Swimmer at Thirty-Five

Dermot Bolger

The moment I hit the water I am in my element:
I was born for this, for backstroke and butterfly.
Born to hold my breath for the entire first length,

During which I slide out from my everyday skin
To again become a Leinster Schoolgirl champion,
All Ireland gold medallist and Olympic contender.

On childhood mornings in my father’s old banger
There was no traffic like this, nobody else awake,
Just the pair of us wrapped up in a code of splits

In the pool that opened early just to let me train.
Chlorine and silence, the sense of being special,
The clarity of light when I stepped into the dawn

With the world only half-wake, as groggy-eyed
As the commuters here in this tailback of traffic.
While everyone looked stale, I never felt more alive

Then donning my school uniform to sit at a desk,
Reciting lap-times, my skin glowing with such health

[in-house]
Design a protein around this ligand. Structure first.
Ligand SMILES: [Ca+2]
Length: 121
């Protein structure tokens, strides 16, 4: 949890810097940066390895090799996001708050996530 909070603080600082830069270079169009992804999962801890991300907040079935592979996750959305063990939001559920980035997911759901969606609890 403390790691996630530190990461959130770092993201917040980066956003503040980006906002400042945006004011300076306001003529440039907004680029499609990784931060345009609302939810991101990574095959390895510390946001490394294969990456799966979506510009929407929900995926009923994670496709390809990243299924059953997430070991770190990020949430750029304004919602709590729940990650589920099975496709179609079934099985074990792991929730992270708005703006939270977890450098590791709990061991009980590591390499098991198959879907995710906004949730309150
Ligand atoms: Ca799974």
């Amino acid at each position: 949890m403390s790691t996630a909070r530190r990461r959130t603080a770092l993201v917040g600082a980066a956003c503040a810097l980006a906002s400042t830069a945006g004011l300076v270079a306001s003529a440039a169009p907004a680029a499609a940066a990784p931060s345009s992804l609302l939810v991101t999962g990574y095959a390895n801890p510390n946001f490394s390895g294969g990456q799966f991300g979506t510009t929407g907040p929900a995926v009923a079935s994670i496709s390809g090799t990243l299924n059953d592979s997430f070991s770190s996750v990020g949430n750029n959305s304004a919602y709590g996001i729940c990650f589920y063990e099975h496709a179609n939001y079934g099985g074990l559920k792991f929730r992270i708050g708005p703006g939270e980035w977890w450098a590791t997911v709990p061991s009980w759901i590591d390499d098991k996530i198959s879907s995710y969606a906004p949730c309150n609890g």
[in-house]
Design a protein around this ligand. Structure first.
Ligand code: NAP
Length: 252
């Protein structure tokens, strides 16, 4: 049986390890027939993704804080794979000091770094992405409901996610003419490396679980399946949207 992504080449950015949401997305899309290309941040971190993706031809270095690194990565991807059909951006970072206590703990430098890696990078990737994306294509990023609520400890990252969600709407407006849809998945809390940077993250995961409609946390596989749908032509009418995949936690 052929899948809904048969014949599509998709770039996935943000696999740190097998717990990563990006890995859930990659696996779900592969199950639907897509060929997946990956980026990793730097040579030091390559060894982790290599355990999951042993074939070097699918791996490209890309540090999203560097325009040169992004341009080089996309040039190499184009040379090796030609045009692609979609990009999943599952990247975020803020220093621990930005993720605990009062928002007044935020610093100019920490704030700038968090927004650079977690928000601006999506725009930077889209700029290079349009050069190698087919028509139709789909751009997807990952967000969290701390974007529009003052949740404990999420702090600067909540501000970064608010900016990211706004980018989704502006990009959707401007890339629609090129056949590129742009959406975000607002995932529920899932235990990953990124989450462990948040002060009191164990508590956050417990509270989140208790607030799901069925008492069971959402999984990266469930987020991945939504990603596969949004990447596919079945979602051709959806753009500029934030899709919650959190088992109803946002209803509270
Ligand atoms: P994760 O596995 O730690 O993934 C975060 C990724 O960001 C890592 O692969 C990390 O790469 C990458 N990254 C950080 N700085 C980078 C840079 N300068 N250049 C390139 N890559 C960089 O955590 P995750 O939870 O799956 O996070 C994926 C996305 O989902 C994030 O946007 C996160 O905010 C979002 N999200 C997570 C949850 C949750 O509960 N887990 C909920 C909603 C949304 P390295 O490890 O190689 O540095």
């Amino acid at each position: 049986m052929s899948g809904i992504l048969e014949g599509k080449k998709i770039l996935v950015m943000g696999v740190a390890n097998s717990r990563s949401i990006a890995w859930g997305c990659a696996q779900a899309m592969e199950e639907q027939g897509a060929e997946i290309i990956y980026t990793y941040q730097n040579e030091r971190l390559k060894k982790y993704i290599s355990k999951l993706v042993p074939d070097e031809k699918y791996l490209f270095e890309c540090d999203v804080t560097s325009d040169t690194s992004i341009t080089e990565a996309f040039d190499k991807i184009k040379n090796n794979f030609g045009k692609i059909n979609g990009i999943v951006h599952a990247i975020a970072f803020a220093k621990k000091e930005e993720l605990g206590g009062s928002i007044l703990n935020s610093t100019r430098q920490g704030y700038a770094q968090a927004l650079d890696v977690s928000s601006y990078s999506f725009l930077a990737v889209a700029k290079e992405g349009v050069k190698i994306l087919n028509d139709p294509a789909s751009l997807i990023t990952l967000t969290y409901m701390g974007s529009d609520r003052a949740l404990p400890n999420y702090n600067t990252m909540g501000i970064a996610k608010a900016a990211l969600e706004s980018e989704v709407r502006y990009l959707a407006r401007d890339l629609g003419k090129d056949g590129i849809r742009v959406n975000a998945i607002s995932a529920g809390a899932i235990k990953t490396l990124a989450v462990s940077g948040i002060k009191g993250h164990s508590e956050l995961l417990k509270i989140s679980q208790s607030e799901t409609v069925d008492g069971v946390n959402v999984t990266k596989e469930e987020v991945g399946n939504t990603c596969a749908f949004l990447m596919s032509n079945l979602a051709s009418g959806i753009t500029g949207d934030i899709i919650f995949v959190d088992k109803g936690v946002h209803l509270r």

That I could not envisage being daunted by any task.

I’d no time for boyfriends and barely time for friends.
Classmates wondered how I coped with having no life,
But that was my life, I could imagine no existence

Outside of that cocoon controlled by a stopwatch
Where problems were solved by simply going faster.
The lane was clear, nothing allowed to block my path,

No tantrums, no silences, no waiting lists for doctors,
No grammar of autism to slowly come to comprehend,
No son terrified of swimming, even with armbands,

Cocooned in a world that contains no stop-watches
Or sense of time, no admittance granted to strangers.
I drive my son to day-care centres and to specialists

On choked roads like this and while I curse the traffic
He stares out blankly as if half watching a dull film.
I love him and he loves me, even if he cannot show it.

In some dreams I see him dive into a pool and glide
In my slipstream, made graceful in a floating world.
But he screams if he sees me packing my swim gear.

Twice a week in the local pool people stare, transfixed
By my apparent speed. To me it feels like slow motion
As I blunder into beginners blocking up the lane.

Why do I bother wasting my precious hours of parole?
Perhaps because, occasionally amid a tumble-turn
I block out this sense of being impeded and helpless,

I become the perfect swimmer, effortlessly omnipotent,
Moving with ease, barely needing to draw breath:
No disappointment can touch me inside my element.


Swimmer at Thirty-Five


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